Eimco Power Horses: The Tractor That Drives Like A Horse
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When one control lever is pulled to the rear and the other is left in its forward position, the Power Horse turns toward the side upon which the rein is pulled. The sharpness of the turn depends upon how far the levers are pulled back, or allowed to go forward, if in reverse. Steering is accomplished by the steering clutch disengaging power to both wheels on the turning side. If one lever is released, and the other is pulled all the way to the rear, the wheels on each side will turn in opposite directions, and the tractor will spin around in its own tracks.
To reverse, the control levers are pulled all the way back. This causes the steering clutch on each side to disengage, while the reversing band on each side engages and, through a set of planetary gears, the Power Horse moves backward at half the corresponding forward speed. The tractor can be steered in reverse by releasing the pressure on the rein toward the desired direction of turn, and holding back on the other rein.
To stop, both levers are pulled simultaneously to the middle position, where they lock into neutral and remain until a light pull on either line instantly releases the neutral lock, allowing the machine to move forward or back, depending on how the reins are positioned.
Options available for the later model Power Horses included a PTO and belt pulley, as well as electric start and lights, power hoist, foot-operated hydraulic brakes, and a buck-rake hitch. While the Power Horse was primarily intended to use horse-drawn machinery, the manual shows a rear-mounted mower that was adapted from the International Harvester 16A or 25A PTO mowers. A mounted, two-way plow was available, but no manufacturer is listed. Photos of these two mounted implements show the operator sitting on a pan-type seat mounted over the tractor's rear axle.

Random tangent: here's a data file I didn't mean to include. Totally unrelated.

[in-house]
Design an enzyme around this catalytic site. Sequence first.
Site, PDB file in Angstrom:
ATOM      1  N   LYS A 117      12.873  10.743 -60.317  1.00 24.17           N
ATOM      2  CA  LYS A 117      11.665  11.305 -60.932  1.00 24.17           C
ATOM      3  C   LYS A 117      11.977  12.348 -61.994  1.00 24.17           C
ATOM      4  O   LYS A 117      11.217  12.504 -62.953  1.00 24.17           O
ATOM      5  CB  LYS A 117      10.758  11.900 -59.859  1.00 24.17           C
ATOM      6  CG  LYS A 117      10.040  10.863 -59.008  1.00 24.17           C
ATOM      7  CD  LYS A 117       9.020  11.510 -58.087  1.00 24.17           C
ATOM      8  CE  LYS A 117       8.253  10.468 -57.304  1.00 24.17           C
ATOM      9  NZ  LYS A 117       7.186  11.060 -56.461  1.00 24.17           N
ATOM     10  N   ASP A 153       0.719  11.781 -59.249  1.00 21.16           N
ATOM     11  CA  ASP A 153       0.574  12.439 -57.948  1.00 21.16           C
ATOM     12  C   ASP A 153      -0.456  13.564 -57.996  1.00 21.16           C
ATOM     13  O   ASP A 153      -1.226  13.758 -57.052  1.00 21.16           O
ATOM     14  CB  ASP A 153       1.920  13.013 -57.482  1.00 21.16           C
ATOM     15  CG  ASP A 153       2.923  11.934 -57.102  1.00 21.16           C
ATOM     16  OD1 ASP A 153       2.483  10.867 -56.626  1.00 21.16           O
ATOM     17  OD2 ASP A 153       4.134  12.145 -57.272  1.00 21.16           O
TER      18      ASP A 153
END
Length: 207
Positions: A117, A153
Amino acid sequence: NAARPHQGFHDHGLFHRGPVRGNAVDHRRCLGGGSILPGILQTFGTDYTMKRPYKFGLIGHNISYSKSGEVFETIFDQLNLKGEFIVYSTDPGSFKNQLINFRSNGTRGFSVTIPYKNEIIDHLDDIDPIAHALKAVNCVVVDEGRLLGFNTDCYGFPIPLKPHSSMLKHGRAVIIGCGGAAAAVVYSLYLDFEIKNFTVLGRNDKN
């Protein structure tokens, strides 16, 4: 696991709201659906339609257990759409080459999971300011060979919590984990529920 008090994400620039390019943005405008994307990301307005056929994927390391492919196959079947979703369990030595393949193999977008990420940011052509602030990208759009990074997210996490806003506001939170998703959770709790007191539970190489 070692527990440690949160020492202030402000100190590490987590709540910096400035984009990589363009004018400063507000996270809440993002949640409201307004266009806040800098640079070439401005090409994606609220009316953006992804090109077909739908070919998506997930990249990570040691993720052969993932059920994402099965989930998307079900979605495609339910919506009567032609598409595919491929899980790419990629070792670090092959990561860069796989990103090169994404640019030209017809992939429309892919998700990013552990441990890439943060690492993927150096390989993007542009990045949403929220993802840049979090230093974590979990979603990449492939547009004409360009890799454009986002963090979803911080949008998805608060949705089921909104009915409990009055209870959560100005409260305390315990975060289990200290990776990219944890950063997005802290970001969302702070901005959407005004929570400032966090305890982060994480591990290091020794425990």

No one knows how many Power Horse tractors were built before manufacturing was shut down for World War II, but there probably weren't more than 300. Allis-Chalmers seems to have acquired rights to the design and experimented with a four-wheel drive tractor through the war's end. There is some evidence that Bert Bonham went to work for A-C, and was involved in the project. Allis-Chalmers built and tested six prototype 'Model H' machines, but dropped the idea sometime in 1945. The problem A-C had with the design was the fact that, in order to turn, power to the inside wheels was interrupted, and the outside wheels didn't have enough traction to pull the load through the entire turn.